How a high definition platform for real-time analysis saved the race
The race officials that cancelled the race had decided to take the important rider times from the highest point of the race as all riders had completed the climb and were heading downhill.
However, the time sponsor was unable to provide the times for each rider because it was the only point along the whole 130km route that did not have the checkpoint for time. Race officials were in a state of panic. Without the times, they could not firmly indicate who was in the lead. They would have to go back to the previous marker and this would cause chaos among the riders and teams. The officials turned to NTT’s Race Center data for help. Using exact longitude/latitude data and time stamps, NTT was accurately able to provide times at any point along the route to a single second. NTT’s data had just turned into GOLD! It quite literally saved the day!
When we eventually reentered the bus, our two remaining cars had finally caught up. We chatted about the importance of 1 second data, and how Riverbed AppInternals collects real-time Race Center transactions at the same granularity.
In 2015, there was a huge crash in the race. It was also the first time GPS sensors were being used with 1 second data. The graphs had shown sharp increases and declines as the riders flew all over the place. In 3-4 seconds, over 20 riders had crashed. Without 1 second data, they would not have been able to tell who was out and who was in the race. 5 second granularity would have shown 20 riders had stopped but would not have shown why. With 1 second data, they now know with fine accuracy when a crash happens based on the sharp increases and decreases. Not all the riders are tracked by TV cameras so, since 2015, officials use the same patterns in the data to track the safety of riders too. Familiar story, right?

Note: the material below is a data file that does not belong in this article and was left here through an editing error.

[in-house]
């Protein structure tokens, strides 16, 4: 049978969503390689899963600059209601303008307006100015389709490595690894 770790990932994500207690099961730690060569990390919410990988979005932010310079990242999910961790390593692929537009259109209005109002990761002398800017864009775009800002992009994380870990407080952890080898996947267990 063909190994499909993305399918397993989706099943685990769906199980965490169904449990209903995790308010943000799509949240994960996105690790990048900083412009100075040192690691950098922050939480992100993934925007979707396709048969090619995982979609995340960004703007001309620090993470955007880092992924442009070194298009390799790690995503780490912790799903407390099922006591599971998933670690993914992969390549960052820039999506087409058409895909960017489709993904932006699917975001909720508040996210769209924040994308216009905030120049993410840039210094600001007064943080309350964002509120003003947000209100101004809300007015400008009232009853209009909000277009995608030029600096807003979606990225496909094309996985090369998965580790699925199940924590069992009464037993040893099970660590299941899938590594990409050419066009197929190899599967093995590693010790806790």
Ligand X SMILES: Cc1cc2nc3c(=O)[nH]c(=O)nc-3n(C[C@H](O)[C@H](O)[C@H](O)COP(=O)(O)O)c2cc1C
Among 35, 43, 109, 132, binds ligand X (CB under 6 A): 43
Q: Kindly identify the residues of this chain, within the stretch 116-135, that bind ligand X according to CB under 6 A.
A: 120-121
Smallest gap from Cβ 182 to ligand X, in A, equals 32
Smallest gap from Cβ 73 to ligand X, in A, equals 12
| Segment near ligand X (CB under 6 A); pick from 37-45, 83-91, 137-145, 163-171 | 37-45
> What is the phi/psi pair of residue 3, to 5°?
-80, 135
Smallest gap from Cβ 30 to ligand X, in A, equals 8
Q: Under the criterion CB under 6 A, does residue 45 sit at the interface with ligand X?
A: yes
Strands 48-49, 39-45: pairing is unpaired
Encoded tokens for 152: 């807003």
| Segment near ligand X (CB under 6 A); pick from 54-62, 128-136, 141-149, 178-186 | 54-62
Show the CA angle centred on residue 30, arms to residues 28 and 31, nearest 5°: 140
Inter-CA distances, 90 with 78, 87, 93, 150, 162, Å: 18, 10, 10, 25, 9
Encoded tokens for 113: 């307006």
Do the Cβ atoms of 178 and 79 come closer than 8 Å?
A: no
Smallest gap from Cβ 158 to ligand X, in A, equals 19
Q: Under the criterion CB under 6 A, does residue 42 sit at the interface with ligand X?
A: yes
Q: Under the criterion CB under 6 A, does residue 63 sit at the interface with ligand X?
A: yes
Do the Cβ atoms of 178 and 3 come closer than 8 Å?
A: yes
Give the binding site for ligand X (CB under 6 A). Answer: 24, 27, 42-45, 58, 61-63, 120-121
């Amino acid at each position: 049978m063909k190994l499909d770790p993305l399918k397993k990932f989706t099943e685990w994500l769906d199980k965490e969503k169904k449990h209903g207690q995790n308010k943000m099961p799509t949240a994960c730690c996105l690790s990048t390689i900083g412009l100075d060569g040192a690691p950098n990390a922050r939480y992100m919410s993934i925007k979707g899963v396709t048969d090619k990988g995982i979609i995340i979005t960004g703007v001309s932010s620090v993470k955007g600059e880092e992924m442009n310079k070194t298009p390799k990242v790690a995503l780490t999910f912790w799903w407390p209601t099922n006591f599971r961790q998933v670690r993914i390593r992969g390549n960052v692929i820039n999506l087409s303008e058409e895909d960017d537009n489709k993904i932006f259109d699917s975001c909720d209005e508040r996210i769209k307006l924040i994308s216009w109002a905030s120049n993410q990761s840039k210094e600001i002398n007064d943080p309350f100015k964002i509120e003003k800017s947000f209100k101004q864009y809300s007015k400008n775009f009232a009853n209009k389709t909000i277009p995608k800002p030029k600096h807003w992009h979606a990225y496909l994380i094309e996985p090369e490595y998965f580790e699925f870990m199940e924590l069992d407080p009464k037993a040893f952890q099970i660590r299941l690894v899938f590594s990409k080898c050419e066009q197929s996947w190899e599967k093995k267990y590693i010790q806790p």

With our two cars now caught up, the riders then started to arrive in their cars. It was a strange end to an amazing few days. We ended the day a little deflated, but did manage to find a lovely Irish Pub to spend some time while we waited for the roads to unblock.
See our technology in action
For anyone following pro cycling, NTT’s web-based Race Center application is revolutionary. Combining live data, video, images, social media feeds and commentary, it gives fans, teams and organizers an unparalleled view of the action. If you missed it, do check out last month’s webinar with Mark Burton, from Riverbed, and Tim Wade, from Dimension Data/NTT, to find out how they’re using a high-performance platform to deliver superior experiences with quick access to real-time data with 100% accuracy and no blind spots.